By Seraj Essul and Tom Westcott.
Tripoli, 20 April 2014:
Confusion surrounds the reopening of Zueitina oil export terminal as, two weeks after . . .[restrict]it was supposedly handed back to the state by federalist protesters led by Ibrahim Jadhran, it remains closed.
“Zueitina is still under force majeure and we will lift this only when we receive official authorisation from the Petroleum Facilities Guard (PFG), confirming that the port is back under their control,” a National Oil Corporation (NOC) official told the Libya Herald. “Until we get this authorisation, we are unable to reopen the port.”
This was echoed by acting Oil and Gas Minister Omar Shackmack, who said that the Ministry was waiting for the green light to reopen the port from the PFG. “Our role is an executive one, involving only the direct workings of the port itself,” he said. The Ministry had met with NOC officials today to discuss the situation at the port, he added, although he did not give any further details.
Even the PFG itself has not been able to offer much clarification, although a spokesperson claimed that it was supposed to take control of the port either tomorrow or the next day. “We are not obliged to meet all the terms of the deal between the two sides,” he said. “Some of these are hard to put into action and do not seem fair to the Libyan people.”
Those working at the port were today unclear about who had control. A Zueitina employee said that, as far as he knew, the port had been handed back to the state. He added, however, that there were still people in military uniforms at the port and he was not sure whether they were members of the PFG or forces operating under Jadhran. A former senior employee said he did not think it had been handed back at all.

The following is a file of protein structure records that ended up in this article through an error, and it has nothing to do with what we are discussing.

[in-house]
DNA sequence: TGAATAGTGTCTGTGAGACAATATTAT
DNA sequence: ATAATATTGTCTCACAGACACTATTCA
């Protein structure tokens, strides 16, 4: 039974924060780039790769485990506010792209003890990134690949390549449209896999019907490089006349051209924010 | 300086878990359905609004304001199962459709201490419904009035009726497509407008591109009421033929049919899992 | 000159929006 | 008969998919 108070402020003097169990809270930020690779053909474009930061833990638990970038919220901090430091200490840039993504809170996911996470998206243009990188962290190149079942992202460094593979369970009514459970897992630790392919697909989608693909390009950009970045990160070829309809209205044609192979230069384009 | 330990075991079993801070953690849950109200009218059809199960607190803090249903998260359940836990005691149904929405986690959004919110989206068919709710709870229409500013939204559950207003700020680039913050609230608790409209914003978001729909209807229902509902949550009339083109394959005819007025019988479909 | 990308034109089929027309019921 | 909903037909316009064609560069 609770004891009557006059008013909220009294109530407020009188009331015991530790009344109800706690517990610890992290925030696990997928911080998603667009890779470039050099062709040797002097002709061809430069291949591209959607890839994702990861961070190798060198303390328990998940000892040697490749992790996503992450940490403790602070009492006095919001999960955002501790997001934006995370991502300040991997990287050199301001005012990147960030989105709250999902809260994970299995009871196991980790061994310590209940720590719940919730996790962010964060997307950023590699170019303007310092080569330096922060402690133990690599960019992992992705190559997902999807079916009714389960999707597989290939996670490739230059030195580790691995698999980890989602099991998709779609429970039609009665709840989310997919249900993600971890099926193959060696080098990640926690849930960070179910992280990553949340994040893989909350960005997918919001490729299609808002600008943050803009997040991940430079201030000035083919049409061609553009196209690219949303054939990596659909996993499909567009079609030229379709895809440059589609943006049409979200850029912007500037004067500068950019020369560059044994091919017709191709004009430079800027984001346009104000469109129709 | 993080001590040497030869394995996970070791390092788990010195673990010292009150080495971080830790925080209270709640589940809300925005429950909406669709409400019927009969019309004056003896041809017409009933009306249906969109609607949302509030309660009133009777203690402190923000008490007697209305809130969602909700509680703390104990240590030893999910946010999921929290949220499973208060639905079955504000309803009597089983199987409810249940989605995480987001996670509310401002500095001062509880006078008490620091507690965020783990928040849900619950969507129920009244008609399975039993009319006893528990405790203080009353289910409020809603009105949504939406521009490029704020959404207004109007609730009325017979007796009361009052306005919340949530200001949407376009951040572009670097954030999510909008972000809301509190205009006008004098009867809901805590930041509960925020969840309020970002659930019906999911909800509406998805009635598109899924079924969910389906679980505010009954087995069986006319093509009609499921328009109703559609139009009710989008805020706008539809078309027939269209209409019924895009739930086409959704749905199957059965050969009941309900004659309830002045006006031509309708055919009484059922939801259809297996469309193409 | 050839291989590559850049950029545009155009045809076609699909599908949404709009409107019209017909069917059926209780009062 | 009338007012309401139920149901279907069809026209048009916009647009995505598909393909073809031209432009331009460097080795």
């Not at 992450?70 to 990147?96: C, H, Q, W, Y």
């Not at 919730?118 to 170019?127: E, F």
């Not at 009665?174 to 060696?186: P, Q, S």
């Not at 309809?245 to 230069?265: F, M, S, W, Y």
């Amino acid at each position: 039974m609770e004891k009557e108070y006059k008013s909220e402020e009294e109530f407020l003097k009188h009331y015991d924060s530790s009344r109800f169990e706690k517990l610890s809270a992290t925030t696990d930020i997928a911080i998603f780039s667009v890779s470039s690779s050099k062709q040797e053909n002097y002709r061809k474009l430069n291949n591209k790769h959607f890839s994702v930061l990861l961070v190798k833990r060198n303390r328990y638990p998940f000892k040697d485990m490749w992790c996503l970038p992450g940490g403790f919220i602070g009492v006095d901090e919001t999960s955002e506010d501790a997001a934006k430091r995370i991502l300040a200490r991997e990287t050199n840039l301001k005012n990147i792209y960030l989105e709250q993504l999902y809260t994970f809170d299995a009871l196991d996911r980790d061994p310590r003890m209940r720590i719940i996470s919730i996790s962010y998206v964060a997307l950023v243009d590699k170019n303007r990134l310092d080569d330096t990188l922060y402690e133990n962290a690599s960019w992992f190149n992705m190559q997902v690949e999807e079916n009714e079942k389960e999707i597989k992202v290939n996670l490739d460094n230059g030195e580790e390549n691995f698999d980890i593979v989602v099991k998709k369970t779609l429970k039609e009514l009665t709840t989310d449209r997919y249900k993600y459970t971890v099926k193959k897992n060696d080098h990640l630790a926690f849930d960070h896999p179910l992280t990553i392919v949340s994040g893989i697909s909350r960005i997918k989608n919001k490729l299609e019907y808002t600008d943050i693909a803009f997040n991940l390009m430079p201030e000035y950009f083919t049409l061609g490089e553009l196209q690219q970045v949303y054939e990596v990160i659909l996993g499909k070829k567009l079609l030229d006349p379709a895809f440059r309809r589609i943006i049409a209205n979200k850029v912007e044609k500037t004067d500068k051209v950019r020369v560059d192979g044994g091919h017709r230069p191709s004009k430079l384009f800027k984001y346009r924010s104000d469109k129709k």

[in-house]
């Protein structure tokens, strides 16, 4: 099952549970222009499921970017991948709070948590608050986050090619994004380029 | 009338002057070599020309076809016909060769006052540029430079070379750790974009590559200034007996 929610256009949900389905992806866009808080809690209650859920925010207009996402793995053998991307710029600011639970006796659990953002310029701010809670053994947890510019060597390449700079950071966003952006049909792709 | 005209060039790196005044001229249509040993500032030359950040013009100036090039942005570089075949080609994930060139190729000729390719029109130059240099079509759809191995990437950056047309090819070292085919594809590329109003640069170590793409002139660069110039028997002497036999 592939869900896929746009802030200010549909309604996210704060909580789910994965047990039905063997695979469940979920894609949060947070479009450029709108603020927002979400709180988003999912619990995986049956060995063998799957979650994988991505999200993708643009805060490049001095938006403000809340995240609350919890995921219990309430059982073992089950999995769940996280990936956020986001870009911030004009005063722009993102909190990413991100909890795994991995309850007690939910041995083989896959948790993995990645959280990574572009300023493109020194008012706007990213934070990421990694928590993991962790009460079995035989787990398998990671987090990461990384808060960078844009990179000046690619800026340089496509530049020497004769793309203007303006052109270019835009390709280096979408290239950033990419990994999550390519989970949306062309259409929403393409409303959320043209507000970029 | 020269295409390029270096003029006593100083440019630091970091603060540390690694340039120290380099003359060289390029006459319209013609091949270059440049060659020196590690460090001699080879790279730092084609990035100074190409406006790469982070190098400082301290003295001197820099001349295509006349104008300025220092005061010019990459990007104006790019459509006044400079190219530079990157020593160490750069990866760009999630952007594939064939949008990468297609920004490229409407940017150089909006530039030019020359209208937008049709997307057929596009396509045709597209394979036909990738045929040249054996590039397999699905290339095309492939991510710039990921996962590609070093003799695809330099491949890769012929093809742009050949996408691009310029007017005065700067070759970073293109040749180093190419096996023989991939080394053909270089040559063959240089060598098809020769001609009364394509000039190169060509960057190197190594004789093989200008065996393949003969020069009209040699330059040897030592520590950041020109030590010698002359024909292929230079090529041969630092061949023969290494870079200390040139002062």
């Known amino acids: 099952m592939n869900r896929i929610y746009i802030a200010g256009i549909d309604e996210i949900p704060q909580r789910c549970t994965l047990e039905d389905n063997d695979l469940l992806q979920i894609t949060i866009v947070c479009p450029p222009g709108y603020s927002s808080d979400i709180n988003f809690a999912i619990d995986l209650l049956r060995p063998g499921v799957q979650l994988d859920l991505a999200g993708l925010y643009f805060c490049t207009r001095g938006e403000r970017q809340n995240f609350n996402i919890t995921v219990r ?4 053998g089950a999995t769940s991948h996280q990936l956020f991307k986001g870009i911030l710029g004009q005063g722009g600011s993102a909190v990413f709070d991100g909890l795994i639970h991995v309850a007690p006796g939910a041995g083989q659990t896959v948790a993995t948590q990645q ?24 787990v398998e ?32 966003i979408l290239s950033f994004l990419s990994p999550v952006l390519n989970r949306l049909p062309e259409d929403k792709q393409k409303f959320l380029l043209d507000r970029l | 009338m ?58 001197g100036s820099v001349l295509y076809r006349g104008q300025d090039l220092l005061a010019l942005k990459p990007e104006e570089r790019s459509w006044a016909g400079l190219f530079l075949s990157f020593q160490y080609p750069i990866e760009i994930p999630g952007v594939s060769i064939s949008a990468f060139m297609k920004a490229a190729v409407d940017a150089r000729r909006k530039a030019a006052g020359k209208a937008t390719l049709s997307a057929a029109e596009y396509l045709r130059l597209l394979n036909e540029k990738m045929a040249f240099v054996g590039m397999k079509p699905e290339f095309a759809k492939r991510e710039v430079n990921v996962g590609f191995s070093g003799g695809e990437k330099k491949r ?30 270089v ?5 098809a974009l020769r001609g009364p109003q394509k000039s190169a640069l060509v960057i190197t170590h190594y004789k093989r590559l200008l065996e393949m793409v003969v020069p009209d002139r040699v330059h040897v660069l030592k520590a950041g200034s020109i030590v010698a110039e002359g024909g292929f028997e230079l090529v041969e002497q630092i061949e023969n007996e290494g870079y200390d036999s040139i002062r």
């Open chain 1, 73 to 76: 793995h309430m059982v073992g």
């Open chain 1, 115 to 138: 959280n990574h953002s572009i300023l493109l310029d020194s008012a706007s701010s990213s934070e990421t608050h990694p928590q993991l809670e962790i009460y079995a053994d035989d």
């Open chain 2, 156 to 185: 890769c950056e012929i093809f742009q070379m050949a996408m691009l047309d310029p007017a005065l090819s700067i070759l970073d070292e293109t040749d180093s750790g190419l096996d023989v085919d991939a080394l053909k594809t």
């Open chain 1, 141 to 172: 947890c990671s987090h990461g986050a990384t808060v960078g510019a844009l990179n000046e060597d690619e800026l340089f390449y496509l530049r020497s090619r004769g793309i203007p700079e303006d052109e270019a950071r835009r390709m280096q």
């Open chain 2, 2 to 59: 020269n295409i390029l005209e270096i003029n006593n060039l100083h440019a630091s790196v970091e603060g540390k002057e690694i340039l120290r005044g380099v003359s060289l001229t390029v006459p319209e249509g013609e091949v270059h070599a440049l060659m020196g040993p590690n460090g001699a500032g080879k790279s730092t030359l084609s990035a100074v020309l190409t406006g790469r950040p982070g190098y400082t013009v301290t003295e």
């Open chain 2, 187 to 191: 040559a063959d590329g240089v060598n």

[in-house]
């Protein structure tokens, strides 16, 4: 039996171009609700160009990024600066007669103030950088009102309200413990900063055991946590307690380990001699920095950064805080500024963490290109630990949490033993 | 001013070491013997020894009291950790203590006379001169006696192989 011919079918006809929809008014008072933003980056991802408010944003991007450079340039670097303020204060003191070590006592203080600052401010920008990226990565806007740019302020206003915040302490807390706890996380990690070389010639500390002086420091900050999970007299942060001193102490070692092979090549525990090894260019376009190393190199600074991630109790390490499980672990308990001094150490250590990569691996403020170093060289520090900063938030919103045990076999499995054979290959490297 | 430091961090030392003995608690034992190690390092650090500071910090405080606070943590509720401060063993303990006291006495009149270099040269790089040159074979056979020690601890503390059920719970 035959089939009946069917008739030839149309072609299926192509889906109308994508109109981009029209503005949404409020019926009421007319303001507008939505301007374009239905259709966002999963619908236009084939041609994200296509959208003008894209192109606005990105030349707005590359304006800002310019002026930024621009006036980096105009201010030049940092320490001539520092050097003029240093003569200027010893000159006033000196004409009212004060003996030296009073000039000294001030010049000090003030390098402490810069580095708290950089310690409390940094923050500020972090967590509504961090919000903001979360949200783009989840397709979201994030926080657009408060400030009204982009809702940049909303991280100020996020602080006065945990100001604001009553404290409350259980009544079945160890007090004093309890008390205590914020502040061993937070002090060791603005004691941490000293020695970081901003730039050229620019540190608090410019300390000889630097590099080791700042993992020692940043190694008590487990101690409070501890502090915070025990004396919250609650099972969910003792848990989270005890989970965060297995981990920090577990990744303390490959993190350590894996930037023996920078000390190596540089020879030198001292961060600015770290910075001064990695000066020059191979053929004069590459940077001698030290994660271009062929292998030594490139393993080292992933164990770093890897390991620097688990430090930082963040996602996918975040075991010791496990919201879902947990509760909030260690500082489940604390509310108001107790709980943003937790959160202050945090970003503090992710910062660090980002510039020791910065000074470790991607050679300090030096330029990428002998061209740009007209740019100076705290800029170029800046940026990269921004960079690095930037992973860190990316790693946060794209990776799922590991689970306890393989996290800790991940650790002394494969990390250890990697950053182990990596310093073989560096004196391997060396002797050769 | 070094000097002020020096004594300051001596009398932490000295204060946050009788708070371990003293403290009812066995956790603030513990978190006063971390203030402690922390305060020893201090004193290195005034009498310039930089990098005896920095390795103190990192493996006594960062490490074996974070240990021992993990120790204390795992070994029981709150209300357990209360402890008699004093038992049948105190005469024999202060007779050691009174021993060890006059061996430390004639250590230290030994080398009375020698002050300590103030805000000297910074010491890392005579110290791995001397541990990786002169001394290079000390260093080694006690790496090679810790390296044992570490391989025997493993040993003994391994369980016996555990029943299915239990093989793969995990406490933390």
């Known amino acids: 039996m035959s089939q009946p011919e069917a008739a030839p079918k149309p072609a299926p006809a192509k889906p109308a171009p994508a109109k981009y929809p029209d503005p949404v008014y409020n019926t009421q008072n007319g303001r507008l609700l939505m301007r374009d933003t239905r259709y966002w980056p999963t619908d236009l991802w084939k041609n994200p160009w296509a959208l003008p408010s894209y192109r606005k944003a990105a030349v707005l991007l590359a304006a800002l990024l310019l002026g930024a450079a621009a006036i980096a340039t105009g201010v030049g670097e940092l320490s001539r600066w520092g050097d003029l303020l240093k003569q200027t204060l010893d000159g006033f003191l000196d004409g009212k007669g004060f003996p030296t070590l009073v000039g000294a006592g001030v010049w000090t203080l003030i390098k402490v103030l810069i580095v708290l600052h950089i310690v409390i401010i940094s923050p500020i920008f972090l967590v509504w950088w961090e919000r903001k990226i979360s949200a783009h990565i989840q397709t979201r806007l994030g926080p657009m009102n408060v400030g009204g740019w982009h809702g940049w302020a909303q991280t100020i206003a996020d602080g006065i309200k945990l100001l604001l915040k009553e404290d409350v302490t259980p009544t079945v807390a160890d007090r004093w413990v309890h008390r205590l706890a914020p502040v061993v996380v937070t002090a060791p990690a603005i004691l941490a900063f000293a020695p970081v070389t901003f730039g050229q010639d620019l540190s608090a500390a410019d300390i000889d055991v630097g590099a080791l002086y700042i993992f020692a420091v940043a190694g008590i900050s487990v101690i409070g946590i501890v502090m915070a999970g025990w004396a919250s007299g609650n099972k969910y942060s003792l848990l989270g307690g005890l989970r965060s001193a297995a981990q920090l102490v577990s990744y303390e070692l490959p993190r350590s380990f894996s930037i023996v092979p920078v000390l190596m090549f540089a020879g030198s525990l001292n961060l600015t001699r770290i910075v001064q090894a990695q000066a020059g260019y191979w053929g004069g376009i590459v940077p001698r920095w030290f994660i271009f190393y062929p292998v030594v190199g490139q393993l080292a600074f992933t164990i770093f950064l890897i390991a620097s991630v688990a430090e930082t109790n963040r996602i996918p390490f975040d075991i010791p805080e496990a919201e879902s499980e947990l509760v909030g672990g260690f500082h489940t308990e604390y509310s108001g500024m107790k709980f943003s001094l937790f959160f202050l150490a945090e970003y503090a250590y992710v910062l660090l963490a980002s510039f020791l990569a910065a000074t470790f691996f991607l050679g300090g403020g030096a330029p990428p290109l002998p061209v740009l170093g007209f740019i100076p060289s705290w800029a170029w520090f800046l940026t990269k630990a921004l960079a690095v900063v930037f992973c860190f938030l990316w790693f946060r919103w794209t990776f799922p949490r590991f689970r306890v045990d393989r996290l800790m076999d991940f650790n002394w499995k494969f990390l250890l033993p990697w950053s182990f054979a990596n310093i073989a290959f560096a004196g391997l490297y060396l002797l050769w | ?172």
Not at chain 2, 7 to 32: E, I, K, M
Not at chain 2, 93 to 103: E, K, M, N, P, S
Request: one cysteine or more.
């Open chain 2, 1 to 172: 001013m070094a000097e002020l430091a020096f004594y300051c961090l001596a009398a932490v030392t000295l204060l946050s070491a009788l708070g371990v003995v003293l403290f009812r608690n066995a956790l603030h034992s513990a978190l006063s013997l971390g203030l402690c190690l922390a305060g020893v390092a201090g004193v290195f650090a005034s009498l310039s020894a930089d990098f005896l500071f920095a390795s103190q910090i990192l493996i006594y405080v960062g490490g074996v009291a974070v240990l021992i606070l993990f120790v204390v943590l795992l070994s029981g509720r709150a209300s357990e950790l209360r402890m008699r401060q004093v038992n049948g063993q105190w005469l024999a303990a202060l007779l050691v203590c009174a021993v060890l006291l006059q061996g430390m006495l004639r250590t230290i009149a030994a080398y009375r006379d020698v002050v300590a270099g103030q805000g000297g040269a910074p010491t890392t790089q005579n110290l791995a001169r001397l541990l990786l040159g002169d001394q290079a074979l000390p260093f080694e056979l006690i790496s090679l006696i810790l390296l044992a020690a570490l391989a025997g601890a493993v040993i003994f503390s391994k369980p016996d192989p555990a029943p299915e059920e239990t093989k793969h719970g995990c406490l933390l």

“No-one knows what is happening,” another senior oil official said today. Referring to the government and the federalists, he said that both parties were blaming one another for the delays.
Zueitina was closed by strikes and protests staged by members of the PFG over pay and condition in July last year. These protests gradually became part of a larger dispute about federalism and the distribution of oil wealth, which came to be controlled by self-styled federalist leader Jadhran.
Tobruk’s Hariga oil export terminal, which was also handed back to the state a fortnight ago, is now fully operational. The NOC official confirmed that one shipment of approximately 1 million barrels of oil had left the port and said that another export would be loaded once the tanks had been refilled.
When asked about the situation at the other two ports controlled by Jadhran, Es-Sidra and Ras Lanuf, which are supposed to be handed back to the state within the next two weeks, the official expressed doubts that this would go ahead. [/restrict]